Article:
Experimenting with Natural Dyes from Home to Learn More About Ancient Life
The onions, avocados, and herbs sat in the fridge, neatly packed in baggies that disguised their colorful potential. Each of these unsuspecting items could be used to dye fabrics.
I am a conservator of ancient art, so the use, production, and study of colorful dyes as pigments on ancient artifacts is an important aspect of my work. Now I had an opportunity to play around with items right in front of me, cooling in my fridge and growing in my yard.
Studies of painting materials from the ancient world have revealed a very sophisticated use of natural dyes as colorful pigments, going back thousands of years. Made from plants or insects, these were used not only to tint textiles but also to paint.
Striking examples of this use of color can be seen on mummy portraits, where dyes were mostly used to represent textiles. For example, two ancient mummy portraits in the Getty collection show dyes used in two ways.
Mummy Portrait of a Bearded Man, A.D. 140–160, Romano-Egyptian. Encaustic on lime wood, linen, 16 15/16 × 8 7/8 in. The J. Paul Getty Museum, Villa Collection, 73.AP.94. Digital image courtesy of Getty’s Open Content Program. Indigo-dyed linen in the circle
Mummy Portrait of a Woman, A.D. 175–200, Romano-Egyptian. Tempera on wood, 11 1/8 × 5 11/16 in. The J. Paul Getty Museum, Villa Collection, 79.AP.129. Digital image courtesy of Getty’s Open Content Program. Arrows point at madder and indigo pigment
Mummy Portrait of a Bearded Man has a strip of ancient linen still attached to it that is dyed blue with indigo. In Mummy Portrait of a Woman, the subject wears a bright pink tunic that uses a pigment (called a lake) made of dye from the madder plant. Her blue necklace is colored by indigo. In ancient times, garments like hers would have likely been dyed pink using madder.
Textile, dyeing, and pigment production was an industry in the ancient world. In addition to creating a well-developed process, ancient artisans were resourceful and many materials were recycled for other uses. It’s quite possible that the madder lake used to paint this portrait’s tunic was produced from textile dye baths.
Dye production was not a simple process. Manufacturing dyes and pigments in Egypt, for example, required importing materials from the Mediterranean (like madder root and the parasitic insect kermes) or from as far away as India for the deep blue of indigo. One very special and expensive colorant called Tyrian purple, obtained from the murex shellfish, was “farmed,” requiring thousands of animals to produce just one gram of dye. Whether from an insect, plant, or sea snail, all processes involved dye extraction and complex preparation to make them usable and permanent dyes or pigments. It was likely only the elite who wore brightly colored garments.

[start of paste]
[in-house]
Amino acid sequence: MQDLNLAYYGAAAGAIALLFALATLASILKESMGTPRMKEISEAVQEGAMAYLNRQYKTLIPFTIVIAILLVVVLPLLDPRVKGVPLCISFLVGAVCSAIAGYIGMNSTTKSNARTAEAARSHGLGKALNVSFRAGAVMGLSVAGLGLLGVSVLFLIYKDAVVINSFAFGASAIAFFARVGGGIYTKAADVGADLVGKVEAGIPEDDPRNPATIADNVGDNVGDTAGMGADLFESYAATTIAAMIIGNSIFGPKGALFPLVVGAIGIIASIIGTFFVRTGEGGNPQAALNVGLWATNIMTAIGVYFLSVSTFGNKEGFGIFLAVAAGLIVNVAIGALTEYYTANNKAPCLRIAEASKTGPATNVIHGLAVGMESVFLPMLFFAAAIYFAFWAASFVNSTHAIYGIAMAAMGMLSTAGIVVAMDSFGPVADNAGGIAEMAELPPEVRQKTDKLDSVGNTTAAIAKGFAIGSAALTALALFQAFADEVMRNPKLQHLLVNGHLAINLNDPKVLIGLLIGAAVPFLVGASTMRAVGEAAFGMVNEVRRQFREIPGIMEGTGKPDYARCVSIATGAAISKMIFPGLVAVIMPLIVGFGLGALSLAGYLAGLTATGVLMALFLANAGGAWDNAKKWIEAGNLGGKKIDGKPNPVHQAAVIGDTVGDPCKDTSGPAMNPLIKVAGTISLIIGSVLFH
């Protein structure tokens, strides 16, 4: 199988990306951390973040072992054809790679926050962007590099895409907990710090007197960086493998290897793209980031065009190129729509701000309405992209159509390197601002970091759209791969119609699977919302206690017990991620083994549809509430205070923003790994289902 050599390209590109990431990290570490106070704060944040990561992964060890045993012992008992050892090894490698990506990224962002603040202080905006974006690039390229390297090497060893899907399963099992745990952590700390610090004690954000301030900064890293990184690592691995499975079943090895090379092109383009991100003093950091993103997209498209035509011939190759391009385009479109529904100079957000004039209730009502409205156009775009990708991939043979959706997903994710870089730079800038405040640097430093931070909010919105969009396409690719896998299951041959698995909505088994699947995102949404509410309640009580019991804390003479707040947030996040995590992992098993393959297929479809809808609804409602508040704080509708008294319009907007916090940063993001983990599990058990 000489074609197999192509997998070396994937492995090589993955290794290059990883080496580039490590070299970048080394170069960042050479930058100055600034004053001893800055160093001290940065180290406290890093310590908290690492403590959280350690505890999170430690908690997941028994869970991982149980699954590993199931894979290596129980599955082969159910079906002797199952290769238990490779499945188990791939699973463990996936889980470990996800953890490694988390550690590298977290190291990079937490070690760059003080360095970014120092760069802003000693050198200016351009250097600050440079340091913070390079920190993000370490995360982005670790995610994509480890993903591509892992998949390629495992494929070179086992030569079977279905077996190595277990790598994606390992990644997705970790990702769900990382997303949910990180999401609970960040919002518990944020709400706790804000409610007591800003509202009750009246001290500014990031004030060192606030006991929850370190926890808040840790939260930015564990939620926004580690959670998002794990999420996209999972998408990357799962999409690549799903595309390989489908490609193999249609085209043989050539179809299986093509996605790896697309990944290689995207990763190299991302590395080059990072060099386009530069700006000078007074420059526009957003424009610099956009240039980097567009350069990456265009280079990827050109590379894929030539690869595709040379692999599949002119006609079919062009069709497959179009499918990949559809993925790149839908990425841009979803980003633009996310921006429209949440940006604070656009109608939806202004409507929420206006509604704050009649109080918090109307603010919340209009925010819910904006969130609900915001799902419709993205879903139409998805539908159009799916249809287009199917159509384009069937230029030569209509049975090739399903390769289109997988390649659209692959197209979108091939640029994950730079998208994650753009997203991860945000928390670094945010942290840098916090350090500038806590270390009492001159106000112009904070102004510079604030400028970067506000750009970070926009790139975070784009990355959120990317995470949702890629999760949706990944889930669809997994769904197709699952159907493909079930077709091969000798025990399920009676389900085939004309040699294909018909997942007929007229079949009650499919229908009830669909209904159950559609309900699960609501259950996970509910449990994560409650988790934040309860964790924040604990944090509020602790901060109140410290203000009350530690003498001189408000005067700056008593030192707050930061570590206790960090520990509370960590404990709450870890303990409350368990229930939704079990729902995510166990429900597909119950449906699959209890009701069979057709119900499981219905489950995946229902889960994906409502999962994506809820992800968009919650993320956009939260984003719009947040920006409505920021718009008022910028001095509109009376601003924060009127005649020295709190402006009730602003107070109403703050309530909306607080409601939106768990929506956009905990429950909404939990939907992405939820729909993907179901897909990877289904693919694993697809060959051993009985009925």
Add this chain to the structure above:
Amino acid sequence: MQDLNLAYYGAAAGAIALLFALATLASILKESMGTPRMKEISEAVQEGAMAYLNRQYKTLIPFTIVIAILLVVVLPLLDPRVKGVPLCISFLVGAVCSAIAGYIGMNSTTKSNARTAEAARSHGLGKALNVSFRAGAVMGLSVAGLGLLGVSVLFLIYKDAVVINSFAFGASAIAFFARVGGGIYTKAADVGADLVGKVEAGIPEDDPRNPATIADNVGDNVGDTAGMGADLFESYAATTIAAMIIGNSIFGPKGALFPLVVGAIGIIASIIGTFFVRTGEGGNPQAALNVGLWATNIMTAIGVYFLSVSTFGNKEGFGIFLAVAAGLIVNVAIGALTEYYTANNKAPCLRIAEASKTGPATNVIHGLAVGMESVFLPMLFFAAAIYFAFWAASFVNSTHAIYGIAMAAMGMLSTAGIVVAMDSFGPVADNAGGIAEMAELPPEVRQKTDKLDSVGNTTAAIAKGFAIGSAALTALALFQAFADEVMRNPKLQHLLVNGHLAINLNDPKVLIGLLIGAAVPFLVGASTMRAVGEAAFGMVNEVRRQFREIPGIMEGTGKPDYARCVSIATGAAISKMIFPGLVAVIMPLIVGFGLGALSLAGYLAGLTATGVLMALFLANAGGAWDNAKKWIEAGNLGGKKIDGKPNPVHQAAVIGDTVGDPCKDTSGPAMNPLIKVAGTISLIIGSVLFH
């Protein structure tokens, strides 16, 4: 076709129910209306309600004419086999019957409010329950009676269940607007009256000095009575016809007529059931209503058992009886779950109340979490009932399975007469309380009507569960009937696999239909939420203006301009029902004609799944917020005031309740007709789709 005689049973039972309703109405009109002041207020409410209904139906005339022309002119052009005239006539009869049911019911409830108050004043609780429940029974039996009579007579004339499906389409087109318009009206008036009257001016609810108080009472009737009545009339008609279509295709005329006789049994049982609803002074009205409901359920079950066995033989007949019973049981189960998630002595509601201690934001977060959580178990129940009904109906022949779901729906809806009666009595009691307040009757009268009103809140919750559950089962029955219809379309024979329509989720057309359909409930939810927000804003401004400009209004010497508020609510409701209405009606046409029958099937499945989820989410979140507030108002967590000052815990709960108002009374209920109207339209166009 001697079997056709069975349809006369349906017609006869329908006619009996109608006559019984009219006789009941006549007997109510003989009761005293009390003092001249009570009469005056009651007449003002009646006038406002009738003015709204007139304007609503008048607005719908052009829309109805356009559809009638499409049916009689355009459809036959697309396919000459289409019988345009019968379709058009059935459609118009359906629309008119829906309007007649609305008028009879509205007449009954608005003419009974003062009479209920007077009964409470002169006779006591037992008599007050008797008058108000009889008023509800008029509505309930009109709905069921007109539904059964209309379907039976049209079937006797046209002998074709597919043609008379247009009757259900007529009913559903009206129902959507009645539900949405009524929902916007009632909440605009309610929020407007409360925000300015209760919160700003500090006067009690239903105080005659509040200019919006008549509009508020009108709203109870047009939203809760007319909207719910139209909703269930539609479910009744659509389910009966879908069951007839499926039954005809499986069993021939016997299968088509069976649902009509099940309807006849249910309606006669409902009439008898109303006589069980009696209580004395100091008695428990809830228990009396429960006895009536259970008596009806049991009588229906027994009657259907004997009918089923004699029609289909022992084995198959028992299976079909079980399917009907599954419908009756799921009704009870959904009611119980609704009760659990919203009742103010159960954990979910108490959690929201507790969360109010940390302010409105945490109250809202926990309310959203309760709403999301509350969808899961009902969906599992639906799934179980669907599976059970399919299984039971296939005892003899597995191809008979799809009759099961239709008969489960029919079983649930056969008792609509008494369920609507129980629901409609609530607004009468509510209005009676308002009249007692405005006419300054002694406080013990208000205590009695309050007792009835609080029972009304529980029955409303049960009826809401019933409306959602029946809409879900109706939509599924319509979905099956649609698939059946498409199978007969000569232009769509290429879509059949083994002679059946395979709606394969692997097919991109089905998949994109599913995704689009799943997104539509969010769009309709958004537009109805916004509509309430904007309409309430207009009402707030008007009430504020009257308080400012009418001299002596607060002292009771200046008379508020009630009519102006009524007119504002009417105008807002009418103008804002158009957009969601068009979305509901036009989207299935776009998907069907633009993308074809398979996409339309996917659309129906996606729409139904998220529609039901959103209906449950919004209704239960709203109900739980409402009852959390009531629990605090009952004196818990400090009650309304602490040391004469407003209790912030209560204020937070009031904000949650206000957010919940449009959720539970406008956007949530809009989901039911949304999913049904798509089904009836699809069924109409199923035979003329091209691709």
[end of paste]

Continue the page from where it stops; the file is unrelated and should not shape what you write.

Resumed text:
At home, I knew indigo and madder are dyes produced from plants, and I also looked to other natural materials to understand the dyeing process. Many plant materials, such as onion skin, avocado pits and skins, and indigo do not require a fixative (mordant) to attach to fibers and become permanent. That makes dyeing from home very easy.
Onion skin, avocado skin and pits, and sage can all be used to dye fabrics
Our dyed fabrics
My son, a high school senior hoping to become a fashion designer, joined me on this journey. Together we hunted for items and cooked up the materials to dye. We grabbed anything we could find: old T-shirts, cloth napkins, table cloths, and kitchen towels were all fair game.
In addition to trying possible methods of dyeing used in antiquity, like pomegranate, onion skins, and herbs, our current experimental goal was to see what range of colors we could achieve and how simple manipulations (such as changing the pH and adding iron) to the water would affect the final outcome.
We ended up with a wide range of reds, pinks, yellow, and tan, but our favorite technique by far was indigo dyeing (not from our yard, but in a nod to modernity, from a kit purchased through Amazon).
The process was magical, like developing photos. We dropped the white fabric into the bath, and when it came out, it appeared green. But as it was exposed to air, it transformed into a magnificent blue.
Throwing avocado pits in boiling water
Dyed fabrics hanging out to dry
While I am interested in ancient technology, my son has incorporated the dyed materials into his modern fashion designs. He mostly creates canvas clothing, and the possibilities for color and paint are endless. For me, my understanding and appreciation of color in antiquity has grown even further.
As a sea of blue stretched across our yard, I imagined the ancient dyer’s workshop, fabrics blowing in the wind with the Nile or the Mediterranean as a backdrop. Exploring nature’s colors not only illustrated the ingenuity of ancient artisans but also revealed their expressive desire for beautiful things.
This sustainable practice has also become part of contemporary fashion and design, a very good lesson for my son. For me, the lesson was a deeper appreciation of ancient artistic practices. The next time you throw those peels into your trash or compost bin, think about their potential and how color was first discovered and its effect on our daily lives. As Pliny the Elder wrote so long ago, “The most valuable discoveries have found their origin in the most trivial accidents.”
June 25, 2020 | http://blogs.getty.edu/|